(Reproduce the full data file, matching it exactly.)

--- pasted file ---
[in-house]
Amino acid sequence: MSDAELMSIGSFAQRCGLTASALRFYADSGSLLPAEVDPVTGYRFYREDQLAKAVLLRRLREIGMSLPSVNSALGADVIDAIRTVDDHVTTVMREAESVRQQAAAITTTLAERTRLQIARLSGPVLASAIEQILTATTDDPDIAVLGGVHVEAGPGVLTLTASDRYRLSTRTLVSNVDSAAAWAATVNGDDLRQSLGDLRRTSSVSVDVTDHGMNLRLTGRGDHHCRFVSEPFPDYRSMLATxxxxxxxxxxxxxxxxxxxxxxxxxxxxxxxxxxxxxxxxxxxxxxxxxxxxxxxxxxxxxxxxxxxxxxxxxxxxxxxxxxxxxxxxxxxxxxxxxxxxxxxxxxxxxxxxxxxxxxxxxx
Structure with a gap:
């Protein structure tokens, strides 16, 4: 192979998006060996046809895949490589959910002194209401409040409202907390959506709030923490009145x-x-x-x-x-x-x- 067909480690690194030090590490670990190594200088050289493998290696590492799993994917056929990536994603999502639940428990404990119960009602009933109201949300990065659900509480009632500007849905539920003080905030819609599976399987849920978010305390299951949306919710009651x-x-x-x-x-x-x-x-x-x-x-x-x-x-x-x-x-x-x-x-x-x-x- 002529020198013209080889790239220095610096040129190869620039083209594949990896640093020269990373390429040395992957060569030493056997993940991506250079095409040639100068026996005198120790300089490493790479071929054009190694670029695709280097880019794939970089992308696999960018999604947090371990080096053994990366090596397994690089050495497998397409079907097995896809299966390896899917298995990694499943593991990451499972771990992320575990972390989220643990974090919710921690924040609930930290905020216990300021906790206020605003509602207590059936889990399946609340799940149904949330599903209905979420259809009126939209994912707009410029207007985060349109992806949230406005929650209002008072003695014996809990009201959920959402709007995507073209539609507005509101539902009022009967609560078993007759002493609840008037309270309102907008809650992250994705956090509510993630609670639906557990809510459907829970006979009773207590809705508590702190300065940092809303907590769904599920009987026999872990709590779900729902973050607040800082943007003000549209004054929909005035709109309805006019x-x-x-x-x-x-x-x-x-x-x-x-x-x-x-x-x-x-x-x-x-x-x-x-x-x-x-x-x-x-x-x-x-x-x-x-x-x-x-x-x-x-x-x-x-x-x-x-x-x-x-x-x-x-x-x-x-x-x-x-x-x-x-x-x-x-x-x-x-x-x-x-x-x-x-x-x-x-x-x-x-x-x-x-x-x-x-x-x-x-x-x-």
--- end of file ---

[in-house]
Amino acid sequence: MSDAELMSIGSFAQRCGLTASALRFYADSGSLLPAEVDPVTGYRFYREDQLAKAVLLRRLREIGMSLPSVNSALGADVIDAIRTVDDHVTTVMREAESVRQQAAAITTTLAERTRLQIARLSGPVLASAIEQILTATTDDPDIAVLGGVHVEAGPGVLTLTASDRYRLSTRTLVSNVDSAAAWAATVNGDDLRQSLGDLRRTSSVSVDVTDHGMNLRLTGRGDHHCRFVSEPFPDYRSMLATxxxxxxxxxxxxxxxxxxxxxxxxxxxxxxxxxxxxxxxxxxxxxxxxxxxxxxxxxxxxxxxxxxxxxxxxxxxxxxxxxxxxxxxxxxxxxxxxxxxxxxxxxxxxxxxxxxxxxxxxxx
Structure with a gap:
């Protein structure tokens, strides 16, 4: 192979998006060996046809895949490589959910002194209401409040409202907390959506709030923490009145x-x-x-x-x-x-x- 067909480690690194030090590490670990190594200088050289493998290696590492799993994917056929990536994603999502639940428990404990119960009602009933109201949300990065659900509480009632500007849905539920003080905030819609599976399987849920978010305390299951949306919710009651x-x-x-x-x-x-x-x-x-x-x-x-x-x-x-x-x-x-x-x-x-x-x- 002529020198013209080889790239220095610096040129190869620039083209594949990896640093020269990373390429040395992957060569030493056997993940991506250079095409040639100068026996005198120790300089490493790479071929054009190694670029695709280097880019794939970089992308696999960018999604947090371990080096053994990366090596397994690089050495497998397409079907097995896809299966390896899917298995990694499943593991990451499972771990992320575990972390989220643990974090919710921690924040609930930290905020216990300021906790206020605003509602207590059936889990399946609340799940149904949330599903209905979420259809009126939209994912707009410029207007985060349109992806949230406005929650209002008072003695014996809990009201959920959402709007995507073209539609507005509101539902009022009967609560078993007759002493609840008037309270309102907008809650992250994705956090509510993630609670639906557990809510459907829970006979009773207590809705508590702190300065940092809303907590769904599920009987026999872990709590779900729902973050607040800082943007003000549209004054929909005035709109309805006019x-x-x-x-x-x-x-x-x-x-x-x-x-x-x-x-x-x-x-x-x-x-x-x-x-x-x-x-x-x-x-x-x-x-x-x-x-x-x-x-x-x-x-x-x-x-x-x-x-x-x-x-x-x-x-x-x-x-x-x-x-x-x-x-x-x-x-x-x-x-x-x-x-x-x-x-x-x-x-x-x-x-x-x-x-x-x-x-x-x-x-x-």